It still shocks me that many self-proclaimed brand gurus, marketers, and creative types ignore old school marketing strategies because they’ve gone out of “fushun”.
And by “old school”, I mean paying attention to what makes a marketing message persuasive, regardless of whether you’re talking about today, 20 years ago, 200 years ago, or 2000 years ago.
I wrote a post about this on Instagram today.
While the ‘elite marketers’ and ‘goo-roos’ are raving about the latest and greatest trend taking the marketing world by storm (TikTok/ChatGPT etc), I spent the morning watching a 1996 infomercial on the George Foreman Grill.
Why? Because the latest and greatest trends of today are the strategies that stop working tomorrow.
Hear me out.
When is the last time you opened up your Myspace?
These were all the ‘next best thing’ once upon a time. They were all the rave and the goo-roos couldn’t help but fanboy over them.
Now they’re memes.
Know what’s not a meme? Classic ads.
That’s because they’re as persuasive now, as they were when they released closed to 30 years ago.
Hence me crawling through the archives finding George Foreman Grill ads… responsible for persuading more people to put an electric grill in their home than any other kitchen appliance…
Because you gotta remember… the grill company that owned the patent was about to go bust until it rebranded itself as the “Lean, Mean, Fat Fighting Grilling Machine” and used a celebrity boxer to endorse and sell it (I really do hope he negotiated a good royalty).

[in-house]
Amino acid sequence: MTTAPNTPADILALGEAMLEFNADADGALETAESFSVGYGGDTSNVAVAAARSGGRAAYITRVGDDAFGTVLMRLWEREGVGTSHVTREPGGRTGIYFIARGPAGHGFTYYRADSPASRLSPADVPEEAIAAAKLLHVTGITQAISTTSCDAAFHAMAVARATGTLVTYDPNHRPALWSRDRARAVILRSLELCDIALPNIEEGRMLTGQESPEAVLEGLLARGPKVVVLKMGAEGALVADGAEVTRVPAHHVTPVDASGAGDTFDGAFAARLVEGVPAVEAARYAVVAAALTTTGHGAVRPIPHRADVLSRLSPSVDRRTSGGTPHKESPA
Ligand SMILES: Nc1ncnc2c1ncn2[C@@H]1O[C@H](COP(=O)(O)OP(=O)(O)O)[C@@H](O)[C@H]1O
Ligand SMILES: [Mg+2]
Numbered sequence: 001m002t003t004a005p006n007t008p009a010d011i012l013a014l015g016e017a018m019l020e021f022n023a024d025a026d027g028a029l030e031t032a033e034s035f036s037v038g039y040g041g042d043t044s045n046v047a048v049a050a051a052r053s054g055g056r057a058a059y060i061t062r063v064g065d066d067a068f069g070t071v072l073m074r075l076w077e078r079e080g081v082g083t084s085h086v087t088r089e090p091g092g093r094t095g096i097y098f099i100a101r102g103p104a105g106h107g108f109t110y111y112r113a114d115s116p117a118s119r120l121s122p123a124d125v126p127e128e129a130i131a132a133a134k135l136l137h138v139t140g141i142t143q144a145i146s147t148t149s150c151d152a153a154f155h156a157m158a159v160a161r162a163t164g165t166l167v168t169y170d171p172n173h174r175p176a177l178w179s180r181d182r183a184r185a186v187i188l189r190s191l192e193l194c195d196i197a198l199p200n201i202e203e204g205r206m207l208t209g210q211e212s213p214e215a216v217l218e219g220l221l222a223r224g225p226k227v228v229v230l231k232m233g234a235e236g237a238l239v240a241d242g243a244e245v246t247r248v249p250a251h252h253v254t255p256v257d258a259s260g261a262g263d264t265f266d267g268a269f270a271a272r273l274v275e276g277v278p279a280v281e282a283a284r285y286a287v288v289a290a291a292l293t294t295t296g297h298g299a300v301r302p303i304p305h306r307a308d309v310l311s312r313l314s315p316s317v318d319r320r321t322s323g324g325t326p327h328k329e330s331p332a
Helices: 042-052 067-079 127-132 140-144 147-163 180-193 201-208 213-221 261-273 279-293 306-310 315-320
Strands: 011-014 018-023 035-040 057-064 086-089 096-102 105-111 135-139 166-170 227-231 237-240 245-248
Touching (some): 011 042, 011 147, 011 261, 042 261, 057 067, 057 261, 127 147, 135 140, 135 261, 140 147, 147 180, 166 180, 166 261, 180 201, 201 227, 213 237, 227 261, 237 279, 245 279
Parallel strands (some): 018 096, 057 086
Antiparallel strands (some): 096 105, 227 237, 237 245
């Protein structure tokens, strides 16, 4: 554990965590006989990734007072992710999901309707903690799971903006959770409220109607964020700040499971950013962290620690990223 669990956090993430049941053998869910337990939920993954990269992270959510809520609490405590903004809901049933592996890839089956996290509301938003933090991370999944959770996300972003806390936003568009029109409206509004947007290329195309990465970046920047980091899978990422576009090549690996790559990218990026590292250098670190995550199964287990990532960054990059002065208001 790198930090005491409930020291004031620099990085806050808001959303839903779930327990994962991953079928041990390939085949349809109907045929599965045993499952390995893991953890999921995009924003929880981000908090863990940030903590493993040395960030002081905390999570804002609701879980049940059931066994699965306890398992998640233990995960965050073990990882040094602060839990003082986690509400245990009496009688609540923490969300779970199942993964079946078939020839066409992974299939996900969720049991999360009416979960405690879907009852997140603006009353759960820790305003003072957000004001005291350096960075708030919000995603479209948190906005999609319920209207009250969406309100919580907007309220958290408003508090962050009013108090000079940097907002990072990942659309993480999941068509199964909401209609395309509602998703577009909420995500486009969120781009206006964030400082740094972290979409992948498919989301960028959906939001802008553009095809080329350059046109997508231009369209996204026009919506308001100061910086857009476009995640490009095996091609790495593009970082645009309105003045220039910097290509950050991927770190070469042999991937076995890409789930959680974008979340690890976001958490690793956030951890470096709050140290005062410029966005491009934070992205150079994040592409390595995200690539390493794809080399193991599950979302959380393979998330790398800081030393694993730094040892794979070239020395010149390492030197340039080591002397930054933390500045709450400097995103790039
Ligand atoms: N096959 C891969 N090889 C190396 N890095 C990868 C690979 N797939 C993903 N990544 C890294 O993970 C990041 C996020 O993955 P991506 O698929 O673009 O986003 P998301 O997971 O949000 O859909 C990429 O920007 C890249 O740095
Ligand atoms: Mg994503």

The ads were designed with a simple formula:
Benefit, then proof.
Then back to benefit and proof.
George would talk about the benefit of the slanting grill that ‘melted the fat away’, then it would cut to real-world users who would reinforce the benefit by dimensionalising the benefit:
“Look at all the grease that came out. Better in the drip tray, than in my body” she professed.
And on and on it went.
By the end of the infomercial, you couldn’t help but want a Foreman grill… yet the ad is close to 30 years old.
Marketing is about understanding principles of human communication and decision making.
It’s not about ‘hacking the algorithm’.
Because while hacking the ‘algo’ might help you gain thousands of followers quickly, their followers that would never actually buy from you (or recommend you to someone who would buy from you).
It’s like hiring a Lamborghini to impress a chick on a first date… but without the cash to actually put it on a long-term lease.
At some point, you’ll get sick and tired of paying the hiring fees and your charade will be up.
So for as long as platforms go in and out of fashion, they will never be as important as understanding your prospect’s psychological drivers and triggers.
This will be true for as long as you’re selling to human beings and not robots.
You can apply this exact same concept to sales.
Principles and Psychology > Platform and tactics.
And in this month’s alley-oop newsletter, I’ll be diving into just that…
How you can apply tried and true principles of buying psychology to facilitate a decision by a prospect.
Hint: It’s the same strategy that counsellors use to facilitate transformative change with their patients.
You can subscribe here so you get the scoop when it drops:
– Karl Goodman